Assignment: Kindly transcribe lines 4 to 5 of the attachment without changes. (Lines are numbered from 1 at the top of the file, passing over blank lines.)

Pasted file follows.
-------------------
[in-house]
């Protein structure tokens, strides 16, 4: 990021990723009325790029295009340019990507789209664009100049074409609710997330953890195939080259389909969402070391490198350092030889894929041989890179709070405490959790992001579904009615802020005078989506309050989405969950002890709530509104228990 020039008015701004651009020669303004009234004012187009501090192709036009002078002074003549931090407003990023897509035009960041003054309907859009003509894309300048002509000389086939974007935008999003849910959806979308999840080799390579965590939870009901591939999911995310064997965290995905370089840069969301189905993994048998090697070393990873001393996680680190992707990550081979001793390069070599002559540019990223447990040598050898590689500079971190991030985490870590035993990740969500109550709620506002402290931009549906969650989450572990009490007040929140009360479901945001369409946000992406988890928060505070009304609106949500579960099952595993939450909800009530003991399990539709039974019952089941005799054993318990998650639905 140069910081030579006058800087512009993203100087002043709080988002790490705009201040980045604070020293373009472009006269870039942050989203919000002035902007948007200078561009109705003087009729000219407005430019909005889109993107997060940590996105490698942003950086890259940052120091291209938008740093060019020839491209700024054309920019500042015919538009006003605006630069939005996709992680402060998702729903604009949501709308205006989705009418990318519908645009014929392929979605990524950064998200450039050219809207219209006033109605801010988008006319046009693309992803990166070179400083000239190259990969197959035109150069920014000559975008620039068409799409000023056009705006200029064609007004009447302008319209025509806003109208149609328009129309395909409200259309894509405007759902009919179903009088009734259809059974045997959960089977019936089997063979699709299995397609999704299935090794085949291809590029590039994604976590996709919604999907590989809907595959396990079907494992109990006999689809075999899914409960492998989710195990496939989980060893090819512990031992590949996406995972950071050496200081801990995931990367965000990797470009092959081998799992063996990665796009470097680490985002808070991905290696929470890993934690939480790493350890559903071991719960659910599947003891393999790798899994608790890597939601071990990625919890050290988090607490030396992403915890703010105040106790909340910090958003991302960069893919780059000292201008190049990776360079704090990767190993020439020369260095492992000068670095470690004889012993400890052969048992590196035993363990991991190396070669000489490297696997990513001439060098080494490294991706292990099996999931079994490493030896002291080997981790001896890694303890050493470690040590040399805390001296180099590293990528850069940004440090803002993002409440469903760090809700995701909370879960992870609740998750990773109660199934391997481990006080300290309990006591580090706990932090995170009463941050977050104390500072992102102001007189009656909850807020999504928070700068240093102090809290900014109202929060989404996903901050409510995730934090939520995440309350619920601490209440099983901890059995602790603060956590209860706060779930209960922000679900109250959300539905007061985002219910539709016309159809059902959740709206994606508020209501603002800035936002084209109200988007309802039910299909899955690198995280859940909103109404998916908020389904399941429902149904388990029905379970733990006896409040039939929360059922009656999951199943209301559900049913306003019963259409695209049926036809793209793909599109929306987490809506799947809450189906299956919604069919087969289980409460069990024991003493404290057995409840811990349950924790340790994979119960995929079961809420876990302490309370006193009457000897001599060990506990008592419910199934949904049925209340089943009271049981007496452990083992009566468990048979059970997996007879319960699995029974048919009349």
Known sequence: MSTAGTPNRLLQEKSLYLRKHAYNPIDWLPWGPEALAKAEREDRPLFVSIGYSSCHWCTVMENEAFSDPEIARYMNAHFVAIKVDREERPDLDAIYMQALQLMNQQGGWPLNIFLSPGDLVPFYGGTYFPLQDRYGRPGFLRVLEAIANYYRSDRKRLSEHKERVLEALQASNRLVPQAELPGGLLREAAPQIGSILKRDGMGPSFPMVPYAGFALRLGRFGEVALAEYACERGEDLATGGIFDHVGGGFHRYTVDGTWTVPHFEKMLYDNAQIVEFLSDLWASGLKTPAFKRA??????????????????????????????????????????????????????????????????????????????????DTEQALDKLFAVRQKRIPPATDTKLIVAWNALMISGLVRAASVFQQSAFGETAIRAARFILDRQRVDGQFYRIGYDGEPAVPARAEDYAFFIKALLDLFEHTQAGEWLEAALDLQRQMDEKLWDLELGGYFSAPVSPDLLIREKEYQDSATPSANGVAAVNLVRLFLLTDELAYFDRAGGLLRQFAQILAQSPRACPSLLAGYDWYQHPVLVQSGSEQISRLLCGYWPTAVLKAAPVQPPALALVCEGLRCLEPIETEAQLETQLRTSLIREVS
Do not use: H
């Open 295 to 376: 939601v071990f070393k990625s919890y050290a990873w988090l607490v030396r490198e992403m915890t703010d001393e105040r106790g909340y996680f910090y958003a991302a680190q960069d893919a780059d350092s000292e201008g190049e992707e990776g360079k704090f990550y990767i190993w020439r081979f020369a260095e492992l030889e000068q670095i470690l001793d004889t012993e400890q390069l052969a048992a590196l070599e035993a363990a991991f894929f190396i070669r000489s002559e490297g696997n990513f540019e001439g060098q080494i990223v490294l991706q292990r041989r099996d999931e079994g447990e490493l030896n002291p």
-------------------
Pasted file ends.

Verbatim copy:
Do not use: H
């Open 295 to 376: 939601v071990f070393k990625s919890y050290a990873w988090l607490v030396r490198e992403m915890t703010d001393e105040r106790g909340y996680f910090y958003a991302a680190q960069d893919a780059d350092s000292e201008g190049e992707e990776g360079k704090f990550y990767i190993w020439r081979f020369a260095e492992l030889e000068q670095i470690l001793d004889t012993e400890q390069l052969a048992a590196l070599e035993a363990a991991f894929f190396i070669r000489s002559e490297g696997n990513f540019e001439g060098q080494i990223v490294l991706q292990r041989r099996d999931e079994g447990e490493l030896n002291p």